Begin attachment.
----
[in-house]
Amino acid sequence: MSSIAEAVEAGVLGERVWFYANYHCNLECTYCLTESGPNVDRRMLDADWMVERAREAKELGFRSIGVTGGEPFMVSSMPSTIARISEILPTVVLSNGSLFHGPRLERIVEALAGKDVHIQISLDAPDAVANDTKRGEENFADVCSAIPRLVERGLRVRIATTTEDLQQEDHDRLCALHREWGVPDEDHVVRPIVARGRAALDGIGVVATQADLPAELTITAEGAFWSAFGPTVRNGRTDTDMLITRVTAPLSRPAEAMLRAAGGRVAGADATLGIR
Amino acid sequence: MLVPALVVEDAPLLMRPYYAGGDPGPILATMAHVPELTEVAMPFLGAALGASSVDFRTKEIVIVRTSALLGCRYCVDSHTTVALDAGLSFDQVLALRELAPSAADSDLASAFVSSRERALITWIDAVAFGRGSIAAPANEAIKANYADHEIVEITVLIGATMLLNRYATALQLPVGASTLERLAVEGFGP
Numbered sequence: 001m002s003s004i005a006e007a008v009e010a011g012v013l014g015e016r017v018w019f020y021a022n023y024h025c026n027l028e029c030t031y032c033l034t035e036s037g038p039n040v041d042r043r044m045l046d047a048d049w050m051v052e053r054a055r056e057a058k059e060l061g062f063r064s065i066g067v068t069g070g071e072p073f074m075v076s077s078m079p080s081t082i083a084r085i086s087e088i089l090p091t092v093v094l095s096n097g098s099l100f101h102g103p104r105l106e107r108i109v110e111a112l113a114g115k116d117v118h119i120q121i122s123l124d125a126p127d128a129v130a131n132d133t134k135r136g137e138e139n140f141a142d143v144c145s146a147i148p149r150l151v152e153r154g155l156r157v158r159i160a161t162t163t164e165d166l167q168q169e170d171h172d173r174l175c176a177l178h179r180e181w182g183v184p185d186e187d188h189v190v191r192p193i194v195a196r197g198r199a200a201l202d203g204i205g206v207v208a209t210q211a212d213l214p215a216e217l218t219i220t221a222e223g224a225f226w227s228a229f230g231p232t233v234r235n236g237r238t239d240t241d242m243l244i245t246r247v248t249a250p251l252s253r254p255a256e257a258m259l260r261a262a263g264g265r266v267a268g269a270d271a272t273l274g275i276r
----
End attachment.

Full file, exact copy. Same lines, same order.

[in-house]
Amino acid sequence: MSSIAEAVEAGVLGERVWFYANYHCNLECTYCLTESGPNVDRRMLDADWMVERAREAKELGFRSIGVTGGEPFMVSSMPSTIARISEILPTVVLSNGSLFHGPRLERIVEALAGKDVHIQISLDAPDAVANDTKRGEENFADVCSAIPRLVERGLRVRIATTTEDLQQEDHDRLCALHREWGVPDEDHVVRPIVARGRAALDGIGVVATQADLPAELTITAEGAFWSAFGPTVRNGRTDTDMLITRVTAPLSRPAEAMLRAAGGRVAGADATLGIR
Amino acid sequence: MLVPALVVEDAPLLMRPYYAGGDPGPILATMAHVPELTEVAMPFLGAALGASSVDFRTKEIVIVRTSALLGCRYCVDSHTTVALDAGLSFDQVLALRELAPSAADSDLASAFVSSRERALITWIDAVAFGRGSIAAPANEAIKANYADHEIVEITVLIGATMLLNRYATALQLPVGASTLERLAVEGFGP
Numbered sequence: 001m002s003s004i005a006e007a008v009e010a011g012v013l014g015e016r017v018w019f020y021a022n023y024h025c026n027l028e029c030t031y032c033l034t035e036s037g038p039n040v041d042r043r044m045l046d047a048d049w050m051v052e053r054a055r056e057a058k059e060l061g062f063r064s065i066g067v068t069g070g071e072p073f074m075v076s077s078m079p080s081t082i083a084r085i086s087e088i089l090p091t092v093v094l095s096n097g098s099l100f101h102g103p104r105l106e107r108i109v110e111a112l113a114g115k116d117v118h119i120q121i122s123l124d125a126p127d128a129v130a131n132d133t134k135r136g137e138e139n140f141a142d143v144c145s146a147i148p149r150l151v152e153r154g155l156r157v158r159i160a161t162t163t164e165d166l167q168q169e170d171h172d173r174l175c176a177l178h179r180e181w182g183v184p185d186e187d188h189v190v191r192p193i194v195a196r197g198r199a200a201l202d203g204i205g206v207v208a209t210q211a212d213l214p215a216e217l218t219i220t221a222e223g224a225f226w227s228a229f230g231p232t233v234r235n236g237r238t239d240t241d242m243l244i245t246r247v248t249a250p251l252s253r254p255a256e257a258m259l260r261a262a263g264g265r266v267a268g269a270d271a272t273l274g275i276r